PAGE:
As we approach the busiest time on the farm harvesting our oil seed rape which is supplied for cooking oil or light industrial lubricant, Dawn Wilson one of our Director’s gives us an overview of how the year has been for this area of the Estate.
It has been a tough year to grow the crop due to the extreme wet conditions during autumn & winter, the wettest February on record with the crop battling to get established as it sits in waterlogged soils, followed by an extremely dry spring, the driest April/May on record!
Currently oil seed rape is grown as a break crop to our main crop winter wheat. The reason winter wheat is our main crop is because our farm has heavy clay soils and consequently the land holds moisture for a long time. Good in a drought but makes life very difficult in a wet season and restricts the variation of crops grown.
Green Cover Crop – Rye Grass, Vetch and Phacelia
Due to the wet conditions earlier in the year we have only managed to plant a third of our planned wheat for the year which is usually supplied as feed for livestock and sometimes milling. We entered the spring with a lot of bare cultivated land, so decided to drill a green cover crop of rye grass, vetch & phacelia in late spring to put some goodness back into the soils rather than just leaving it bare, opening up to the risk of soil erosion.
For once this year the weather was kind to us as the spring drought allowed us to get back on the land with a drill and some light rain to germinate the seed rather than it sitting in a very dry seed bed. I can happily say the crop looks super now (as can be seen from the above photograph) we will not earn anything from it in financial terms, but in enhancing the soil condition as a green manure for the next crop of wheat is a bonus. It also looks very pretty with the purple phacelia flowers now in full blossom, with bumble bees and butterflies loving the flowers.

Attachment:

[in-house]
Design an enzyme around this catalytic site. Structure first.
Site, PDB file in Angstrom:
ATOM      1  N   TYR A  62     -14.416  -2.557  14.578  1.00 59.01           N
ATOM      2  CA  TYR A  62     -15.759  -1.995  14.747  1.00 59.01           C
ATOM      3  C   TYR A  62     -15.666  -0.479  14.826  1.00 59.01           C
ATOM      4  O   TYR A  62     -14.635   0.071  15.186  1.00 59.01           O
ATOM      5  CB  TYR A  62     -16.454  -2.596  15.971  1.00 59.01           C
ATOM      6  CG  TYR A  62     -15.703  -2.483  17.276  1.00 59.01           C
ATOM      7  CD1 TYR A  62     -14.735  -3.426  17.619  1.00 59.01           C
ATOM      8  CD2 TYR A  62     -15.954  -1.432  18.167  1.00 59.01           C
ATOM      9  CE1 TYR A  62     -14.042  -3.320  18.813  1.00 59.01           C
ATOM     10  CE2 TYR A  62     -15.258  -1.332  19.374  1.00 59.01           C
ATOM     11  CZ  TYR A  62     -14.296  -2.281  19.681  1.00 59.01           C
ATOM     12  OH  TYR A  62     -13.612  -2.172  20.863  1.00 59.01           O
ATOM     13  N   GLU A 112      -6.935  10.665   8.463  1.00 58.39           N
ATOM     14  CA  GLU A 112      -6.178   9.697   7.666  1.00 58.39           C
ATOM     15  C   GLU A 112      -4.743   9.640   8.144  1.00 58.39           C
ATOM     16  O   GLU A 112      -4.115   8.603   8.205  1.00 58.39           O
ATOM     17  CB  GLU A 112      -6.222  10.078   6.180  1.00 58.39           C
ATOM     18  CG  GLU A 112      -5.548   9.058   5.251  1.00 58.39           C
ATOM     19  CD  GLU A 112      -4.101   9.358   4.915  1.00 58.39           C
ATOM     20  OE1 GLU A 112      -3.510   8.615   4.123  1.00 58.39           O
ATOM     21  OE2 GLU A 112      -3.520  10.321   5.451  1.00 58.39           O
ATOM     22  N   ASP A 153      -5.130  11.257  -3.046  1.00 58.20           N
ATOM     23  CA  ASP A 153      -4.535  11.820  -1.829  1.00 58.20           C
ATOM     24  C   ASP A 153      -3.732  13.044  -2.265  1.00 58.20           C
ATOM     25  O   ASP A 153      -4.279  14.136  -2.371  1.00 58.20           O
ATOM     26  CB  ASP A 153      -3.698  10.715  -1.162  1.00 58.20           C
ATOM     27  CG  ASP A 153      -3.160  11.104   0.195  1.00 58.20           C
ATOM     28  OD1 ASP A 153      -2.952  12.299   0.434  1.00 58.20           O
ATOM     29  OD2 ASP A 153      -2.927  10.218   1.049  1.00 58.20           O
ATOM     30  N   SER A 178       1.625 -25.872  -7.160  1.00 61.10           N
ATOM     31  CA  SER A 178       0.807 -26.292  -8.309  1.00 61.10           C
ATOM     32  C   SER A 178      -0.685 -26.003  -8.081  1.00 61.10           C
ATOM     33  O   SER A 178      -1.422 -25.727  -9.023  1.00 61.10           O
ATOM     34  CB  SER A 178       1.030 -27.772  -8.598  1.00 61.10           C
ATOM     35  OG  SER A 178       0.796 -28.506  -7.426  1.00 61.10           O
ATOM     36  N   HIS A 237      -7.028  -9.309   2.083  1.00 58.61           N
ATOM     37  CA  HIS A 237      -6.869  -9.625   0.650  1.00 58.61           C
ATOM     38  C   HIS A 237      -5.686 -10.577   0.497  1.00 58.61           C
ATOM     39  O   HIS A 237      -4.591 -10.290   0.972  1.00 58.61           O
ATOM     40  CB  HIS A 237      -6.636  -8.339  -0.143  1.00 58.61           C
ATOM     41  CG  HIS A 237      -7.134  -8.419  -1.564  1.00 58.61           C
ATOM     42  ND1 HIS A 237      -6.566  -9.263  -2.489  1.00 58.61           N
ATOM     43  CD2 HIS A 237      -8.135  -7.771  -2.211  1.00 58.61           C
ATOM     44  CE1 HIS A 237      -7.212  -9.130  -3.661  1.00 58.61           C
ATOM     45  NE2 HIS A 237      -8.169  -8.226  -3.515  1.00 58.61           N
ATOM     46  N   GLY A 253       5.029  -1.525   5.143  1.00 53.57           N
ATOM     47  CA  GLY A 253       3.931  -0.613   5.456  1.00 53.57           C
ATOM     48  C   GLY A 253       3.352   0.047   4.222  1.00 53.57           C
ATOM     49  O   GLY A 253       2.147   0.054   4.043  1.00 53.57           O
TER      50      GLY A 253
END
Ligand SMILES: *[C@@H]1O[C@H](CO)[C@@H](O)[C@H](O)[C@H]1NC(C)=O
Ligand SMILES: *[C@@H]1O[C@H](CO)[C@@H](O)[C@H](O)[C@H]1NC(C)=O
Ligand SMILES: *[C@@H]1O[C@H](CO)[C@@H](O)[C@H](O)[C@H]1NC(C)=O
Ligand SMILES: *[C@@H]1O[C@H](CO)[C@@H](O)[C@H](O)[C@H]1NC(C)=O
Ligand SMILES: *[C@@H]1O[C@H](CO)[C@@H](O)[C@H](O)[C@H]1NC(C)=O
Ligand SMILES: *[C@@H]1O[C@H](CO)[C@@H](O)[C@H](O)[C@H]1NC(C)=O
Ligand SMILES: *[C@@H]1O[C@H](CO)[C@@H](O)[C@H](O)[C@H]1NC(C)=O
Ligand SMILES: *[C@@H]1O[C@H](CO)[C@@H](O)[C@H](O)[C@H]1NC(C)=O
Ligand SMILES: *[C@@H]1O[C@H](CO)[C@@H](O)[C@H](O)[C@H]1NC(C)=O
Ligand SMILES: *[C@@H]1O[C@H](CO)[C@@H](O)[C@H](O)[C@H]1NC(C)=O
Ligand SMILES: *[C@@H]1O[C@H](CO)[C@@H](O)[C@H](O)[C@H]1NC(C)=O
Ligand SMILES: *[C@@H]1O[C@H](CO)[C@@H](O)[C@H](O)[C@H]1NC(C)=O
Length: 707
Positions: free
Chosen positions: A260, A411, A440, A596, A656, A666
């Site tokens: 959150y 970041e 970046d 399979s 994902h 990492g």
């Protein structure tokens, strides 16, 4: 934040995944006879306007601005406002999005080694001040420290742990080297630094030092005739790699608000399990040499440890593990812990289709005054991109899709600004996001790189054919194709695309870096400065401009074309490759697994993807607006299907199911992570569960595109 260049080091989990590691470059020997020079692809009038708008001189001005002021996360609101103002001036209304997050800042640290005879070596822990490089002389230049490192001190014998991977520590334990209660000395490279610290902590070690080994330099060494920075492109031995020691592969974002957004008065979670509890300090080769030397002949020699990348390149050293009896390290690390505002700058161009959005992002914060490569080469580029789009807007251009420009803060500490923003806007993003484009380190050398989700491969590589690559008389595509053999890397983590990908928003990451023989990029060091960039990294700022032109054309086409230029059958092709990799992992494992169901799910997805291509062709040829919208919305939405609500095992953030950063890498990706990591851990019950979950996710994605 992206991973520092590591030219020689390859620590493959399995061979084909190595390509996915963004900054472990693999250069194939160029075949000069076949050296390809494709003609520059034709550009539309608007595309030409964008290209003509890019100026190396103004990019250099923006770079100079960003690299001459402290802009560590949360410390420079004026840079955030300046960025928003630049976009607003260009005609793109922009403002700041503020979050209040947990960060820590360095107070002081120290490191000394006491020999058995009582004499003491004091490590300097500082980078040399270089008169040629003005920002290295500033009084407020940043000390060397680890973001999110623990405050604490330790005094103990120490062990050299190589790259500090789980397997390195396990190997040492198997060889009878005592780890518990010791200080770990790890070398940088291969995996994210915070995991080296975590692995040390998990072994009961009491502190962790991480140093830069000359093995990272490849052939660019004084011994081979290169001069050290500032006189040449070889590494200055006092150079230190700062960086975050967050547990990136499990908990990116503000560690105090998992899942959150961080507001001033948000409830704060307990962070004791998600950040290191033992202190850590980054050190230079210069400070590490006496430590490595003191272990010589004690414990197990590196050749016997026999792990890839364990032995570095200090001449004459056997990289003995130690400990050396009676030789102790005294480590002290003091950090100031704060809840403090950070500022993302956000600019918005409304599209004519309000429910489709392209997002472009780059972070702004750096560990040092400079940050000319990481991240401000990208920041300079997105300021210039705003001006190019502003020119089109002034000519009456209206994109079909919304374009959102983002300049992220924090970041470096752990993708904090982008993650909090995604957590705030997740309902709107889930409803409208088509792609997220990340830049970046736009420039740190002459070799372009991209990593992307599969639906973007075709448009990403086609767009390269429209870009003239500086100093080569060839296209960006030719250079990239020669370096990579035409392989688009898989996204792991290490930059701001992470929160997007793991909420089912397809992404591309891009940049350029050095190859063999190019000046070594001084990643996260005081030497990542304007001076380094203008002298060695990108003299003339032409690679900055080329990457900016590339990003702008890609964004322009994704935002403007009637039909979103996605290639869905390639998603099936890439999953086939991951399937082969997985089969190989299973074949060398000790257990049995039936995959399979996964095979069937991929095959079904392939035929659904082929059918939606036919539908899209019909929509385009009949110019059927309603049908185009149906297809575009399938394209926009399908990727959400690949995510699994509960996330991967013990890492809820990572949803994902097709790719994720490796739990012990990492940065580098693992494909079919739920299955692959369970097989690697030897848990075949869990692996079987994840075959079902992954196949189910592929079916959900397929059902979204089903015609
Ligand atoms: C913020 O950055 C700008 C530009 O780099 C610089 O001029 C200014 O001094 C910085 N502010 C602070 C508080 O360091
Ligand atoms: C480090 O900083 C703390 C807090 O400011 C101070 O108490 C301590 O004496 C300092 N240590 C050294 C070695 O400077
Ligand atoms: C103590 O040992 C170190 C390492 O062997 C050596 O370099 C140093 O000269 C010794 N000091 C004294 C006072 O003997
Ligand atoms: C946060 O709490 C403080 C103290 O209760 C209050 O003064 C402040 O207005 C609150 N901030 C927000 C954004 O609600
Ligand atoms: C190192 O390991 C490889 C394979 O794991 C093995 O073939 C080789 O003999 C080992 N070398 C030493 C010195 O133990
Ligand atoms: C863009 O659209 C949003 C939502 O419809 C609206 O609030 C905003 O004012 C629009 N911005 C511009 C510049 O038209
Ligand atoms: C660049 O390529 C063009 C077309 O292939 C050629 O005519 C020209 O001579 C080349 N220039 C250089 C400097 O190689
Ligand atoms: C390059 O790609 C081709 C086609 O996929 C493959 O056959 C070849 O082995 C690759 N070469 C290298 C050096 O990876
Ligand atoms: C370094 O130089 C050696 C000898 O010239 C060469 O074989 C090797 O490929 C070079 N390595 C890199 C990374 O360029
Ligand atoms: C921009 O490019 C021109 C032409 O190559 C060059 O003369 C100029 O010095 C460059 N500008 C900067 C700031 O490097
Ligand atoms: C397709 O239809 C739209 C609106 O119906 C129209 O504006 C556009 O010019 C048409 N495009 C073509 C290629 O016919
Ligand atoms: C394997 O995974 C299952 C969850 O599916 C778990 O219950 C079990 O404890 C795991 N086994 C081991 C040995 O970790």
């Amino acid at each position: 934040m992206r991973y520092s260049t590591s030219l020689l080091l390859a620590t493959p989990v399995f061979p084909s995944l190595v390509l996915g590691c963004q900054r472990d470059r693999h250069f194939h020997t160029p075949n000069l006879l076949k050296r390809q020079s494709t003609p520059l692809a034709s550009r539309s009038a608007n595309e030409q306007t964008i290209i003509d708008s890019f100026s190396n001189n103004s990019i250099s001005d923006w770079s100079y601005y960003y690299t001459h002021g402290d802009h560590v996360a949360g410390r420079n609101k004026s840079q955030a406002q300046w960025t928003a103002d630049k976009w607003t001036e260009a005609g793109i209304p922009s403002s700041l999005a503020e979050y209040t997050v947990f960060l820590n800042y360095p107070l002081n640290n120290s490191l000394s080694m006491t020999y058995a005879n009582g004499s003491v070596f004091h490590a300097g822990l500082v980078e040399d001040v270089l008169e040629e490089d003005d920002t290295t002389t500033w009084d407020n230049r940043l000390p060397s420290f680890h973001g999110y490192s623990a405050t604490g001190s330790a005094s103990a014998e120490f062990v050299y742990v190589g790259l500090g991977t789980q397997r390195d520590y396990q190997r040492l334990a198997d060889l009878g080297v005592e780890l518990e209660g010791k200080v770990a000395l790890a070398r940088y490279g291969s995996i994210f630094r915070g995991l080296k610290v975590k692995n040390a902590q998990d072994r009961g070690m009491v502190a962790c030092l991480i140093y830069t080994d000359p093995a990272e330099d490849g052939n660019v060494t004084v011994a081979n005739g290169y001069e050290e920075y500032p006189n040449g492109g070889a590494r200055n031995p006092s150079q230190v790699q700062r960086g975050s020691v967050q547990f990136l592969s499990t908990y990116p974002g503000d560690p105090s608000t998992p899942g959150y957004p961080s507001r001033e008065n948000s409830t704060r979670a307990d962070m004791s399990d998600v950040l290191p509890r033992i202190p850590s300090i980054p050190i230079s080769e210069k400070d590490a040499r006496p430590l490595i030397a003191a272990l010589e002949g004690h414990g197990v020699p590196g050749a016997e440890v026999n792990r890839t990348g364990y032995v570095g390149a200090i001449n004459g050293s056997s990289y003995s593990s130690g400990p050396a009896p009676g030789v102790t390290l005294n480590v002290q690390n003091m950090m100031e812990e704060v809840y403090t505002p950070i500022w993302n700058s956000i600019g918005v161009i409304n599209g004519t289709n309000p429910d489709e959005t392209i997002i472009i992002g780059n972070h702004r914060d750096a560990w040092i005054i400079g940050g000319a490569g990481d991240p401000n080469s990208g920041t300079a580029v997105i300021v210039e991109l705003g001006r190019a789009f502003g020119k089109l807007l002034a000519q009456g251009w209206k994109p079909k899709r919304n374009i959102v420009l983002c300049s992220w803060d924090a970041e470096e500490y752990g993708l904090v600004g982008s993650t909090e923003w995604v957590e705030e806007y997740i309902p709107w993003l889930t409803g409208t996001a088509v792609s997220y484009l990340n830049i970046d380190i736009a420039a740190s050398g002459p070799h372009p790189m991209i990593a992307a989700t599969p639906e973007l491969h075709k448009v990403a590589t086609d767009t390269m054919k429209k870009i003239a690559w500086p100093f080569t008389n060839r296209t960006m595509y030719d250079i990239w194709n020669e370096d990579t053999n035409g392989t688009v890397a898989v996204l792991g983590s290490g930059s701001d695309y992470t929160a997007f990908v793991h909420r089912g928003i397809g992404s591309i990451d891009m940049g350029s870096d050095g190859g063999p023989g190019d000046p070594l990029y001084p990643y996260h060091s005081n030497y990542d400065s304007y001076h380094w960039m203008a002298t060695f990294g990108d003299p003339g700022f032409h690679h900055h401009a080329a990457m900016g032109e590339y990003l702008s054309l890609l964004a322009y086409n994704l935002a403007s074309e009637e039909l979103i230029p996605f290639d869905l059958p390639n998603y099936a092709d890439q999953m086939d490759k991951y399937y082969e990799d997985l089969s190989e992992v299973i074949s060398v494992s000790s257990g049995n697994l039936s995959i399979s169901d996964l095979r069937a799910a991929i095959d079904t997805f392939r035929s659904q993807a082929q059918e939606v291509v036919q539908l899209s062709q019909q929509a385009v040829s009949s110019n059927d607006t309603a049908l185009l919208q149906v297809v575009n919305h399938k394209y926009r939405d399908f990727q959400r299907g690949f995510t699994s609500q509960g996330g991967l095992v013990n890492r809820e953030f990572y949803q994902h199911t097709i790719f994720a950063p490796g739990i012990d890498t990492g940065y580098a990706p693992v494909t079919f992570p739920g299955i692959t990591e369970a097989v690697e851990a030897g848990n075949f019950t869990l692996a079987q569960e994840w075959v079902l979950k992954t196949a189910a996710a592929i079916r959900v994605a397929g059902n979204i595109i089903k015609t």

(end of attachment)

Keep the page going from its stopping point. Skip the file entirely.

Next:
Away from crops there is also a lot of preparation carried out around the fields, woodland edges and in field corners. The aim is to create or enhance wildlife habitats, with special wild flower and nectar seed mixes planted to benefit the wild birds and pollinators. We leave grassy field margins to serve as wildlife corridors linking woods and hedges for the mammals and enabling birds to travel down more on this will follow in my next report.
Flea Beetle and Honeybees
If the weather conditions were not enough to battle with, we have also had to manage the Flea beetle. In order to protect the honey bees we are no longer allowed to spray against the Flea beetle because honey bees are crucial to the natural cycle in the countryside, without them, pollination wouldn’t happen, and our crops and vegetables would not grow, so it is right that they are protected. As with many things it will just take time to adjust our ways of farming. If we are to continue growing oil seed rape we need to find natural predators for the Flea beetle, look into alternative ways of cultivating and crop rotations.
We have introduced a little grass ley into our rotation and in collaboration with our neighbouring sheep farmer, Northfield Farm, we are grazing this and our small amount of existing permanent pasture. The aim is for the sheep manure to help improve the soil condition plus the grazing of unwanted woody weeds that if left in the permanent pastureland would engulf it into an unmanageable state.
This years results
Sadly, we are not optimistic for a good harvest, we expect our yields to be well down on what we would normally hope for of around 3.5tonne per hectare for oil seed rape and 9.5tonne for wheat. We can only make up some of this deficit if the price per tonne is higher than usual which at this moment in time is looking slightly more positive so we will see, fingers crossed!
The hard work of one arable farming season is about to come to an end with the climax of the harvesting of our crops. In September we will start to prepare the land for the drilling of the next rotation to harvest in the late summer of 2021.